The expert's task comprises: To enlighten associations or private persons at farms and dairy factories concerning butter and cheese making and sometimes concerning cattle breeding; to give instruction at several agricultural winter colleges, at courses for the education of agricultural teachers, at courses in agricultural instructions as well as at a very great number of courses in milk examination, theoretical and practical butter and cheese making, and courses for the education of assistant managers, headmasters of dairy factories, milk controllers, butter and cheese makers; to hold lectures, which are accessible to everyone, free of charge; to give assistance to the preparation and execution of measures or of experiments of general importance (barn competitions, grading of butter and cheese, milking competitions, etc.); to make simple tests concerning dairy products to trace defects of butter and cheese.

Though also at other places, the dairy experts in the Provinces of Utrecht and North Holland and in the eastern part of the Province of South Holland in particular are occupied in giving theoretical and practical instruction in order to improve cheese making and eliminate cheese defects and other working troubles. The instruction of these experts is besides of great use when cheese makers meet with difficulties as to the observance of the regulations of cheese control


The care for the improvement of milk production is considered by the Government dairy experts everywhere most diligently, and they supervise at the same time the work of the breeding and cow testing associations with respect to milk control (milk lists).

In conclusion it may be mentioned that in the interest of mutual contact as well as to remain in touch with the Government one or two meetings are held annually by the dairy experts under the direction of the inspector of dairying of the direction of agriculture.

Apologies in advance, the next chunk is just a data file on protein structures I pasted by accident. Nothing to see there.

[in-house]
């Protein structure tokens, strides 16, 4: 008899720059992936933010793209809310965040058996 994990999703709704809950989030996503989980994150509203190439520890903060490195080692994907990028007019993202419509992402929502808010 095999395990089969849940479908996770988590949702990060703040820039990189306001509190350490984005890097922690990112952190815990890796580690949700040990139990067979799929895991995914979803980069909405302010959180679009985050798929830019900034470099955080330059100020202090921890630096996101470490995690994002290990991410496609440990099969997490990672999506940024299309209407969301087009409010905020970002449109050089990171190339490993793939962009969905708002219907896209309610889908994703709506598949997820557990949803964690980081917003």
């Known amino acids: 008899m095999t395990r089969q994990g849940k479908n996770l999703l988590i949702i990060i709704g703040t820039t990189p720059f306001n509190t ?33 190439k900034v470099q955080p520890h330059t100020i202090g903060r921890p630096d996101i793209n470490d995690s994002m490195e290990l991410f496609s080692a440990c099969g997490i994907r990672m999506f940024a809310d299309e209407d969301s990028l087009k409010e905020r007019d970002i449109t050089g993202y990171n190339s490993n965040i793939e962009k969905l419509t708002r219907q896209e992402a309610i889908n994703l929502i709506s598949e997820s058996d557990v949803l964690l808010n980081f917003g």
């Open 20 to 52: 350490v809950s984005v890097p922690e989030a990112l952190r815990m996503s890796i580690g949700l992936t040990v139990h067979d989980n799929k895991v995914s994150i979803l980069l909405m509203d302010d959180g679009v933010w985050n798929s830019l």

On these occasions different subjects concerning the work and the sphere of activity of the dairy experts are discussed and questions concerning matters of dairying and cattle breeding are looked into.


J. A. GELUK, secretary of the General Netherlands Dairy Union, The Hague. A rather important part of the instruction of the lower staffs of dairy factories in Holland is given by the provincial organizations of cooperative dairy factories and the federation which combines

these provincial organizations (eight in number), the General Netherlands Dairy Union.

According to the report in another paper relating to the work of the Government dairy experts, the task of these officials also comprises teaching assistant managers of dairy factories, milk controllers, butter makers, cheese makers, and separator attendants to prepare them for their tasks. The courses of the provisional dairy organizations are held partly in connection with these and partly independent. In so far as the provincial dairy organizations have technical and administrative staffs of their own, which is the case with seven of them, the courses for the lower staffs of the affiliated factories are given by their own functionaries. The lessons in the subjects for which there are no teachers are then, as a rule, given by the Government dairy expert in the Province concerned.

For the education of engineers, courses are also organized by all the provincial organizations of cooperative dairy factories. The lessons are given on the part of the General Netherlands Dairy Union by a teacher-engineer, whose task comprises also advising affiliated factories about engine-room and boiler-house problems.